Identity and Conflict in Bosnia and Macedonia - Essay Example

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The paper “Identity and Conflict in Bosnia and Macedonia” seeks to evaluate civil war in the Balkans exacerbated long-held ethnic tensions and fragmented communities.  The Balkan conflict created a political vacuum in which social order broke down…
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Identity and Conflict in Bosnia and Macedonia
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Download file to see previous pages The 2007 book Waiting for Macedonia: Identity in a Changing World and the documentary film We Are All Neighbours consider such matters.
Thiessen writes of an “Us and Them” paradigm in Macedonia, an “Otherness” that Macedonians have adapted to meet their own perspective on the world and to gauge their place in that world (2007, p. 40). Identity in Macedonia is a fluid concept, with the country’s Slavic population reaching into the country’s ancient past in the effort to construct a national identity (Ibid). Macedonians have had only to consider the existence of a strong European identity in Germany, no stranger to fragmentation, to recognize the benefits of identification with the nation
states that comprise the European Union. In Bosnia, identity was compromised in the wake of the Tito regime’s demise. Socialism in Yugoslavia, though coercive, fostered a form of national unity, which, when independence came to the former Yugoslav states, resulted in a gradual social incoherence. The ethnic violence that ensued was, perhaps, unsurprising given the conditions in the 1990s. But the suddenness with which it occurred, and its effects on a multi-ethnic Bosnian village, is the subject of We Are All Neighbours.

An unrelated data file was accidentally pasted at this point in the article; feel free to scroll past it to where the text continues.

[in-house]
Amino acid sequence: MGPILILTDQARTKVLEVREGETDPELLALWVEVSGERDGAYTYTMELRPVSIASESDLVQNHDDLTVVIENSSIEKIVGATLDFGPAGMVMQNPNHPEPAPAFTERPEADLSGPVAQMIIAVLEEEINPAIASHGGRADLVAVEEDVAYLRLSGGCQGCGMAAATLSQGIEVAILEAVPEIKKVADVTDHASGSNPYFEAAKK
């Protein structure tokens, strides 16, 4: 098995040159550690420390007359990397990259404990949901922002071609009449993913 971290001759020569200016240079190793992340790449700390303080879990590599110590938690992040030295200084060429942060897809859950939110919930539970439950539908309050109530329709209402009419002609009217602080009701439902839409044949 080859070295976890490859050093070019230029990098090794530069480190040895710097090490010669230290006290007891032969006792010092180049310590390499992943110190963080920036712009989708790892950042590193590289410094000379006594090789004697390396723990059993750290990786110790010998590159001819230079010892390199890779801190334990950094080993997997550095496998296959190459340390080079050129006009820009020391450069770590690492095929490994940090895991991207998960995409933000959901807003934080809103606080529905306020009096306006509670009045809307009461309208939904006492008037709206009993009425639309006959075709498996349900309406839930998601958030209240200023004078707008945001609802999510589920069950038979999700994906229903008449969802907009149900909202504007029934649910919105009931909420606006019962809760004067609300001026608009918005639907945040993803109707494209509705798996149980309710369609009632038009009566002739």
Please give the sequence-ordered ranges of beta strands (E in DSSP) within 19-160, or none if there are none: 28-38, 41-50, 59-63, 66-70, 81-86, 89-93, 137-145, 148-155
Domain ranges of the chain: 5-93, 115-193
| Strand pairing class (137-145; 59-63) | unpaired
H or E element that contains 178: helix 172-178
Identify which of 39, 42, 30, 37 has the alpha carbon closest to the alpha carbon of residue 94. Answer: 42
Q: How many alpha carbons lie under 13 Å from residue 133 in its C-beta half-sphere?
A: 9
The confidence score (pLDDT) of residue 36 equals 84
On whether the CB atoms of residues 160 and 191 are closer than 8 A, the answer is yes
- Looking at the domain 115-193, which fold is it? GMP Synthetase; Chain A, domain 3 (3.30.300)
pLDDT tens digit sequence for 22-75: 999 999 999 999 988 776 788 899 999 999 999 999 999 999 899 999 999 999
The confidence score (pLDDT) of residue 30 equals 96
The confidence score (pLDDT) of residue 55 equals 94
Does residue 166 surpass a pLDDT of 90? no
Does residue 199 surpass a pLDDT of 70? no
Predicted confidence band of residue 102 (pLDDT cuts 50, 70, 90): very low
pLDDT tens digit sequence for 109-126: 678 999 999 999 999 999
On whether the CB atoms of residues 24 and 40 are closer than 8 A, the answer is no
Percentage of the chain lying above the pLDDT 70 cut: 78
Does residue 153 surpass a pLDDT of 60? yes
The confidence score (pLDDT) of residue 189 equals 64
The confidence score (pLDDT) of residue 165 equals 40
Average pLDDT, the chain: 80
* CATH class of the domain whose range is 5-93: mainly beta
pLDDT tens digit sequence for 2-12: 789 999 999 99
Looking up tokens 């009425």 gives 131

The lingering effects of socialism and of life under a totalitarian regime have been blamed for the cataclysm of the 1990s. In Macedonia, Thiessen contends that it was not the absence of socialism but an absence of a national context that stirred up ethnic unrest (Thiessen, 2007, p. 25). Identity lay at the heart of the matter. Whereas the existence of Yugoslavia allowed Macedonians to think of themselves in terms of Europe, the post-socialist reality produced nostalgia for Yugoslavia that was tantamount to the desire for a future as part of the European community (Ibid). ...Download file to see next pagesRead More
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